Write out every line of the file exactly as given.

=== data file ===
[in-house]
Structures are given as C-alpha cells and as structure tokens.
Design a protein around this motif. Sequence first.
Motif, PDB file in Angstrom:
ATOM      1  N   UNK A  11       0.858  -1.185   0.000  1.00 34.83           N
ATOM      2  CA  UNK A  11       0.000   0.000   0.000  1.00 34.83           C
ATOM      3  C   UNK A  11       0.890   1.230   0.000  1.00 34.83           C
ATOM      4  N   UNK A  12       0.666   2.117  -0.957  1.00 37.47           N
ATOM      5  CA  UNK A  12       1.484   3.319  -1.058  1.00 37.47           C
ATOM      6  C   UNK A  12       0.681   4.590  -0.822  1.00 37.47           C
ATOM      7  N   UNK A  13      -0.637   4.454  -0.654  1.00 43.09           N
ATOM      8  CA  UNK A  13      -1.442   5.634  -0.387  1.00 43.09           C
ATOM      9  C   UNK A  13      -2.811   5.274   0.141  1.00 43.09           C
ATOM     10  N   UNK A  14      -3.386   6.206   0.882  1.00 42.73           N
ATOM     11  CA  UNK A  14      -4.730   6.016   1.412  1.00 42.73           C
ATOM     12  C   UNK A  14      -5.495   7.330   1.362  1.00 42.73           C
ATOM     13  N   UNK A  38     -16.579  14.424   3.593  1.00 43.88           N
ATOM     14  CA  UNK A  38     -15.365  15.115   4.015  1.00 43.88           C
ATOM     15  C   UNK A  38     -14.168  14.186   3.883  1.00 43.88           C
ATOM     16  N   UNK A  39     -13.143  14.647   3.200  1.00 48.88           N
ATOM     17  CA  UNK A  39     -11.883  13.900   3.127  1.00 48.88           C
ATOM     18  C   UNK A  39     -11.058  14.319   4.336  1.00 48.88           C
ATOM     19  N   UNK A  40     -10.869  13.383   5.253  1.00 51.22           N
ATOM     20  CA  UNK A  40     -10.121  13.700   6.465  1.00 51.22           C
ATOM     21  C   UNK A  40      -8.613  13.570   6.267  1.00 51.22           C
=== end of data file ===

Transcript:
[in-house]
Structures are given as C-alpha cells and as structure tokens.
Design a protein around this motif. Sequence first.
Motif, PDB file in Angstrom:
ATOM      1  N   UNK A  11       0.858  -1.185   0.000  1.00 34.83           N
ATOM      2  CA  UNK A  11       0.000   0.000   0.000  1.00 34.83           C
ATOM      3  C   UNK A  11       0.890   1.230   0.000  1.00 34.83           C
ATOM      4  N   UNK A  12       0.666   2.117  -0.957  1.00 37.47           N
ATOM      5  CA  UNK A  12       1.484   3.319  -1.058  1.00 37.47           C
ATOM      6  C   UNK A  12       0.681   4.590  -0.822  1.00 37.47           C
ATOM      7  N   UNK A  13      -0.637   4.454  -0.654  1.00 43.09           N
ATOM      8  CA  UNK A  13      -1.442   5.634  -0.387  1.00 43.09           C
ATOM      9  C   UNK A  13      -2.811   5.274   0.141  1.00 43.09           C
ATOM     10  N   UNK A  14      -3.386   6.206   0.882  1.00 42.73           N
ATOM     11  CA  UNK A  14      -4.730   6.016   1.412  1.00 42.73           C
ATOM     12  C   UNK A  14      -5.495   7.330   1.362  1.00 42.73           C
ATOM     13  N   UNK A  38     -16.579  14.424   3.593  1.00 43.88           N
ATOM     14  CA  UNK A  38     -15.365  15.115   4.015  1.00 43.88           C
ATOM     15  C   UNK A  38     -14.168  14.186   3.883  1.00 43.88           C
ATOM     16  N   UNK A  39     -13.143  14.647   3.200  1.00 48.88           N
ATOM     17  CA  UNK A  39     -11.883  13.900   3.127  1.00 48.88           C
ATOM     18  C   UNK A  39     -11.058  14.319   4.336  1.00 48.88           C
ATOM     19  N   UNK A  40     -10.869  13.383   5.253  1.00 51.22           N
ATOM     20  CA  UNK A  40     -10.121  13.700   6.465  1.00 51.22           C
ATOM     21  C   UNK A  40      -8.613  13.570   6.267  1.00 51.22           C